There is no shortage of utility applications to manage a Mac’s memory. A few dozen populate the Mac App Store and prices range from free to 99-cents. A Mac user should have only two questions for such apps?
First, do they do anything useful. Second, which one should you use if you use one? In recent years I’ve tried half a dozen of these so-called memory cleaner and system optimizer apps, and while they don’t seem to hurt, what they do may not be much unless you have an older Mac with limited RAM.
Free Is Good
One that I recommend to friends, family, co-workers, faculty and staff at the school where I work is called Memory Cleaner. It’s probably as easy to use as any of the memory cleaner and system optimizer apps and it’s priced just right. Free.
Here’s what you get with a single click to the Mac’s Menubar.
Memory Cleaner analyzes your Mac’s system, displays the amount of App Memory, Free Memory, Wired Memory, Compressed, and Cache. It also displays which apps are using the most memory. The graphed colors represent how much memory is being used for each.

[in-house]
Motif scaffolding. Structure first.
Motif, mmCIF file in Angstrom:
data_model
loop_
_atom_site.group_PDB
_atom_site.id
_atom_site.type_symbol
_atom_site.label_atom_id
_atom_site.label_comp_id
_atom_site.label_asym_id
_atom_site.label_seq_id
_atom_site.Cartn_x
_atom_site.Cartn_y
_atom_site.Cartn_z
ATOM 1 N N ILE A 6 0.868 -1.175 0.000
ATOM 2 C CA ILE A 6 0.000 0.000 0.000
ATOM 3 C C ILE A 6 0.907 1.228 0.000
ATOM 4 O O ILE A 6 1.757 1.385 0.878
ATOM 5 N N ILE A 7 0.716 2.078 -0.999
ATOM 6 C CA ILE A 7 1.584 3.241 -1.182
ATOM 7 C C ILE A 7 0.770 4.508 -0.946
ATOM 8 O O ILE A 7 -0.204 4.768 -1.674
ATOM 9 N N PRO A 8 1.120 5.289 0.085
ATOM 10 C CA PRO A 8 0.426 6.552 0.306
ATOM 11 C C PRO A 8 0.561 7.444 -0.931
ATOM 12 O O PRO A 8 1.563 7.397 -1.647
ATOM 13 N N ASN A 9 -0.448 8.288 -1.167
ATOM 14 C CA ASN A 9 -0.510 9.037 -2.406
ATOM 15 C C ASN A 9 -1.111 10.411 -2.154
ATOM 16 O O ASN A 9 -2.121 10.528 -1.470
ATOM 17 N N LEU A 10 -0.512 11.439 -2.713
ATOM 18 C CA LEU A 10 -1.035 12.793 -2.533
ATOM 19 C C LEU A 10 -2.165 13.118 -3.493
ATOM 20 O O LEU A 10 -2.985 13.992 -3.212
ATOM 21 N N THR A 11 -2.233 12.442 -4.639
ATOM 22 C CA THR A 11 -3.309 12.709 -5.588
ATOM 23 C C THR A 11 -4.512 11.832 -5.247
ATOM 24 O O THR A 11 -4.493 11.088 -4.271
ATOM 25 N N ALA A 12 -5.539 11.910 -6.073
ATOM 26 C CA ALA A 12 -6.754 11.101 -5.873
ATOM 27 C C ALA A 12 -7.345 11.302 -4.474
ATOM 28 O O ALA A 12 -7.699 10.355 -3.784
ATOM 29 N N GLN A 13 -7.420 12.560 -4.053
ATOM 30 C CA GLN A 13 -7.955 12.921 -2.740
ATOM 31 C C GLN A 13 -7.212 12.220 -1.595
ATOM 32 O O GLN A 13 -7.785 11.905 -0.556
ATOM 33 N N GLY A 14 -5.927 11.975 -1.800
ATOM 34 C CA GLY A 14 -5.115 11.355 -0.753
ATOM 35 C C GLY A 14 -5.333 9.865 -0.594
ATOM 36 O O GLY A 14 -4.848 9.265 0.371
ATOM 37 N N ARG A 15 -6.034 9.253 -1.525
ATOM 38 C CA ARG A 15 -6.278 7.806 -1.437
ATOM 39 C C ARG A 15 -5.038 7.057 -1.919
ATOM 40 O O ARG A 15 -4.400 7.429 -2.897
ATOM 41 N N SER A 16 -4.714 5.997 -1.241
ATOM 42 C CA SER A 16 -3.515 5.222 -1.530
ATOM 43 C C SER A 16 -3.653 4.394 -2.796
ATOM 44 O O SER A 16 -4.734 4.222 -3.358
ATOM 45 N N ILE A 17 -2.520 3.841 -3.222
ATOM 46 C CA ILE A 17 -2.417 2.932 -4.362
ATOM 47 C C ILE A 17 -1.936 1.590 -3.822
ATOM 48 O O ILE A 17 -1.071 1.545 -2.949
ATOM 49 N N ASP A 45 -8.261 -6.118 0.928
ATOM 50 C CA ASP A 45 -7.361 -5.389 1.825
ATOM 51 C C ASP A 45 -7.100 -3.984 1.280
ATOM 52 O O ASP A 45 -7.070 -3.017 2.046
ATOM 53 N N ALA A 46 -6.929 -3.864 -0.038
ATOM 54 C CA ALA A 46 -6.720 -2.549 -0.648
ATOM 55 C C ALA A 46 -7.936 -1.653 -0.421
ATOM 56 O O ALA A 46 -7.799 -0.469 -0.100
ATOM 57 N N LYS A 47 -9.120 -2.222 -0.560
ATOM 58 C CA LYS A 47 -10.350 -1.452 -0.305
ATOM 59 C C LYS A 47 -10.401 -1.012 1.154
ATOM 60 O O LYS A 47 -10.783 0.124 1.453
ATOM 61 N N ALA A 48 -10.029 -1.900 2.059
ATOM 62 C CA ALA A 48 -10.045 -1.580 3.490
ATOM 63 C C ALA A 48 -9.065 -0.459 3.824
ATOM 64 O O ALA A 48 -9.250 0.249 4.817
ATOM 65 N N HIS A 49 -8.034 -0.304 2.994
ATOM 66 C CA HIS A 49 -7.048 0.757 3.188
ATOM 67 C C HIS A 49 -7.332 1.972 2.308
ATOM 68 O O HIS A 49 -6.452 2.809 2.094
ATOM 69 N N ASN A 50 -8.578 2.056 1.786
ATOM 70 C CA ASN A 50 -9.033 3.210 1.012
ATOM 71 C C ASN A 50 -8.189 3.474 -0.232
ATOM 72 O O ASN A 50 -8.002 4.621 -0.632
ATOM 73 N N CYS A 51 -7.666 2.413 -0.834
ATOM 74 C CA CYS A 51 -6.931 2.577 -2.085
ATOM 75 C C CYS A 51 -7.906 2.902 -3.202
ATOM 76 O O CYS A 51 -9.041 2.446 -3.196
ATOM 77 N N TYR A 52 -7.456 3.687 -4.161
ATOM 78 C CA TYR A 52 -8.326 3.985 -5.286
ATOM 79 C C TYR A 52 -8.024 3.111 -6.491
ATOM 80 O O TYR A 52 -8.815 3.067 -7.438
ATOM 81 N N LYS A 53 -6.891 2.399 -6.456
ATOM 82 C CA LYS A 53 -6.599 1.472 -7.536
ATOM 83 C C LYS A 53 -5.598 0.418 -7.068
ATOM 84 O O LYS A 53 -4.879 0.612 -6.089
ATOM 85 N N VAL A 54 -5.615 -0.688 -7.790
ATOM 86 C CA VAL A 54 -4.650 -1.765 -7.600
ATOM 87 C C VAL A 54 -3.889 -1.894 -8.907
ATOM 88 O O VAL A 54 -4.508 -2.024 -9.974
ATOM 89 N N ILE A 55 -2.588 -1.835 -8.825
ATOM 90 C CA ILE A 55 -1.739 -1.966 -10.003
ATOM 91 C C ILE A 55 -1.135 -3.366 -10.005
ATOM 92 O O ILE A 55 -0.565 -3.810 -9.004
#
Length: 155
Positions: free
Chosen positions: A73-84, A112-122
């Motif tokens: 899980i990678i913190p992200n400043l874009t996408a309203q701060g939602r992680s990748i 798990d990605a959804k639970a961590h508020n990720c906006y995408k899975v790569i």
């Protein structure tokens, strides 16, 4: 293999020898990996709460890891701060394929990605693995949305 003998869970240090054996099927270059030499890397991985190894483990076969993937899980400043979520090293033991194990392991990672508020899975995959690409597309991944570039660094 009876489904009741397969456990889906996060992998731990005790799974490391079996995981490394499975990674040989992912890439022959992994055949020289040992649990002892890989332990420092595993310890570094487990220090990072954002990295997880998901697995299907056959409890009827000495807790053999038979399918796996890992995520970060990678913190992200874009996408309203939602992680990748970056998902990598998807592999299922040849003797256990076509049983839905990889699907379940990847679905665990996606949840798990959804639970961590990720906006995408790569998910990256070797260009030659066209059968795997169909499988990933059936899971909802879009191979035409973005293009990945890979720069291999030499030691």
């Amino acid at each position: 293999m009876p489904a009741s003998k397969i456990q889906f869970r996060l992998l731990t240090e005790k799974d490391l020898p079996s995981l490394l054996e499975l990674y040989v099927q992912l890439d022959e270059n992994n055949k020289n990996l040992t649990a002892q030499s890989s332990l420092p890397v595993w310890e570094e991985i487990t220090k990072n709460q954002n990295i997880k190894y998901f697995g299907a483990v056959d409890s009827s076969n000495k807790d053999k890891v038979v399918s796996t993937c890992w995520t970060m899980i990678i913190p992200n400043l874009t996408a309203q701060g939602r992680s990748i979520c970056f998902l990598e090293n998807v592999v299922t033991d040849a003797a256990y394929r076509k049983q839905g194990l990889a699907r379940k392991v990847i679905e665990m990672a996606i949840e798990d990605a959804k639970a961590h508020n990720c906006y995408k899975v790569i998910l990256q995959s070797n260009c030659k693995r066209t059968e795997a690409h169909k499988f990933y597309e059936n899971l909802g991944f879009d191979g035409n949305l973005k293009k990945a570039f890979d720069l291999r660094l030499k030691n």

Click the Optimize button in the center and Memory Cleaner goes to work, optimizes memory usage, and displays the changes in the graph.
Memory Cleaner has a number of color themes which can be set with a click. There’s even a built-in Notification Center Widget.
Preferences are straightforward, too. Set the app to Open at Login, Show in Dock, and enable Shortcuts to optimize straight from the keyboard. There are other options to automatically optimize, or compact the menu.
So, back to the original question.
Does Memory Cleaner do any good? The answer is yes. And no. If your Mac has 16GB or more and you’re not using too many apps at the same time, you’re not like to notice any difference in performance. If you’re using an older Mac with 4GB of RAM then that’s where you may see a difference in performance– at least on the frontmost app in use.
Still, it’s hard to knock the ratings. On the Mac App Store, Memory Cleaner gets over 5,500 four and five star reviews as of June 1. Apparently many Mac users seem to like cleaner memory.